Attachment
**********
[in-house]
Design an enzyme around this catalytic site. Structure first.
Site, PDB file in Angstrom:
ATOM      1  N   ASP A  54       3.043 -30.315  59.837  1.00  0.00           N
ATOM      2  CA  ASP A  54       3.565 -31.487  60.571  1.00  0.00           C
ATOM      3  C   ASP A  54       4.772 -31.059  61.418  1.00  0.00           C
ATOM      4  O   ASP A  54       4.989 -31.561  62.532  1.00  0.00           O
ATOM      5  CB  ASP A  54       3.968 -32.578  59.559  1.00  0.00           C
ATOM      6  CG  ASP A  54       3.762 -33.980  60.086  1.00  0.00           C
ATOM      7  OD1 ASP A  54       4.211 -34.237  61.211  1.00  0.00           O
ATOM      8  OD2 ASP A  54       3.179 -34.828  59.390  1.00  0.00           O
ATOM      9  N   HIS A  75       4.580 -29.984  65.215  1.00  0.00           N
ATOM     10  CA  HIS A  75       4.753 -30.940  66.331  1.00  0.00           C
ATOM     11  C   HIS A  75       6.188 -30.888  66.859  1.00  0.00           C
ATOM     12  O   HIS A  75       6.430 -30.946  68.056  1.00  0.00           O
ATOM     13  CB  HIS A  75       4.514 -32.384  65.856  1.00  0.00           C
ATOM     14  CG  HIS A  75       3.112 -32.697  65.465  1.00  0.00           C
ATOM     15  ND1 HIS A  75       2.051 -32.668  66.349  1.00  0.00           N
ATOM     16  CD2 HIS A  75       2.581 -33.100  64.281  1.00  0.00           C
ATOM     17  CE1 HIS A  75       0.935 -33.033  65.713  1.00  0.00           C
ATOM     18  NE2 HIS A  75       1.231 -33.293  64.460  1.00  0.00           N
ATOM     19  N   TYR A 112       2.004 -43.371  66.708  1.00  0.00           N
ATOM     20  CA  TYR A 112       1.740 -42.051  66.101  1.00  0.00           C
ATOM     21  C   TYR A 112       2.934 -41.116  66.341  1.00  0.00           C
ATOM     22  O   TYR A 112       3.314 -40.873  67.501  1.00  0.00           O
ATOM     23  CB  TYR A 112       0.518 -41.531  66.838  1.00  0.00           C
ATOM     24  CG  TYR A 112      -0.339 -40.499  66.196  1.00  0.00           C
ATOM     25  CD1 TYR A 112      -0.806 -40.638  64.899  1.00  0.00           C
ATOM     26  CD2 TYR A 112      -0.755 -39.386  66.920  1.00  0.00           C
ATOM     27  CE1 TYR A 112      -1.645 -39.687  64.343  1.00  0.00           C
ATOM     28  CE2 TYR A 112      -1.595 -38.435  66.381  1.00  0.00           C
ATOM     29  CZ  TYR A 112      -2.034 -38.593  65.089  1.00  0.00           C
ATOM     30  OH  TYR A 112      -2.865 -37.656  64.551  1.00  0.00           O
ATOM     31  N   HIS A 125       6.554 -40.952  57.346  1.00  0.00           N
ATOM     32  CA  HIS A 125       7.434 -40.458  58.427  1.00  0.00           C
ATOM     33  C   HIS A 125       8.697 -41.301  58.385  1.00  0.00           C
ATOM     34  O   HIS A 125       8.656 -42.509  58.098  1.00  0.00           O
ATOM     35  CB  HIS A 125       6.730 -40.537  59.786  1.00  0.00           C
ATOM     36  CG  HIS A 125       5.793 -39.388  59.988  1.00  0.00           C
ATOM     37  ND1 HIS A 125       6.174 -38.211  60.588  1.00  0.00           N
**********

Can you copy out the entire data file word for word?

[in-house]
Design an enzyme around this catalytic site. Structure first.
Site, PDB file in Angstrom:
ATOM      1  N   ASP A  54       3.043 -30.315  59.837  1.00  0.00           N
ATOM      2  CA  ASP A  54       3.565 -31.487  60.571  1.00  0.00           C
ATOM      3  C   ASP A  54       4.772 -31.059  61.418  1.00  0.00           C
ATOM      4  O   ASP A  54       4.989 -31.561  62.532  1.00  0.00           O
ATOM      5  CB  ASP A  54       3.968 -32.578  59.559  1.00  0.00           C
ATOM      6  CG  ASP A  54       3.762 -33.980  60.086  1.00  0.00           C
ATOM      7  OD1 ASP A  54       4.211 -34.237  61.211  1.00  0.00           O
ATOM      8  OD2 ASP A  54       3.179 -34.828  59.390  1.00  0.00           O
ATOM      9  N   HIS A  75       4.580 -29.984  65.215  1.00  0.00           N
ATOM     10  CA  HIS A  75       4.753 -30.940  66.331  1.00  0.00           C
ATOM     11  C   HIS A  75       6.188 -30.888  66.859  1.00  0.00           C
ATOM     12  O   HIS A  75       6.430 -30.946  68.056  1.00  0.00           O
ATOM     13  CB  HIS A  75       4.514 -32.384  65.856  1.00  0.00           C
ATOM     14  CG  HIS A  75       3.112 -32.697  65.465  1.00  0.00           C
ATOM     15  ND1 HIS A  75       2.051 -32.668  66.349  1.00  0.00           N
ATOM     16  CD2 HIS A  75       2.581 -33.100  64.281  1.00  0.00           C
ATOM     17  CE1 HIS A  75       0.935 -33.033  65.713  1.00  0.00           C
ATOM     18  NE2 HIS A  75       1.231 -33.293  64.460  1.00  0.00           N
ATOM     19  N   TYR A 112       2.004 -43.371  66.708  1.00  0.00           N
ATOM     20  CA  TYR A 112       1.740 -42.051  66.101  1.00  0.00           C
ATOM     21  C   TYR A 112       2.934 -41.116  66.341  1.00  0.00           C
ATOM     22  O   TYR A 112       3.314 -40.873  67.501  1.00  0.00           O
ATOM     23  CB  TYR A 112       0.518 -41.531  66.838  1.00  0.00           C
ATOM     24  CG  TYR A 112      -0.339 -40.499  66.196  1.00  0.00           C
ATOM     25  CD1 TYR A 112      -0.806 -40.638  64.899  1.00  0.00           C
ATOM     26  CD2 TYR A 112      -0.755 -39.386  66.920  1.00  0.00           C
ATOM     27  CE1 TYR A 112      -1.645 -39.687  64.343  1.00  0.00           C
ATOM     28  CE2 TYR A 112      -1.595 -38.435  66.381  1.00  0.00           C
ATOM     29  CZ  TYR A 112      -2.034 -38.593  65.089  1.00  0.00           C
ATOM     30  OH  TYR A 112      -2.865 -37.656  64.551  1.00  0.00           O
ATOM     31  N   HIS A 125       6.554 -40.952  57.346  1.00  0.00           N
ATOM     32  CA  HIS A 125       7.434 -40.458  58.427  1.00  0.00           C
ATOM     33  C   HIS A 125       8.697 -41.301  58.385  1.00  0.00           C
ATOM     34  O   HIS A 125       8.656 -42.509  58.098  1.00  0.00           O
ATOM     35  CB  HIS A 125       6.730 -40.537  59.786  1.00  0.00           C
ATOM     36  CG  HIS A 125       5.793 -39.388  59.988  1.00  0.00           C
ATOM     37  ND1 HIS A 125       6.174 -38.211  60.588  1.00  0.00           N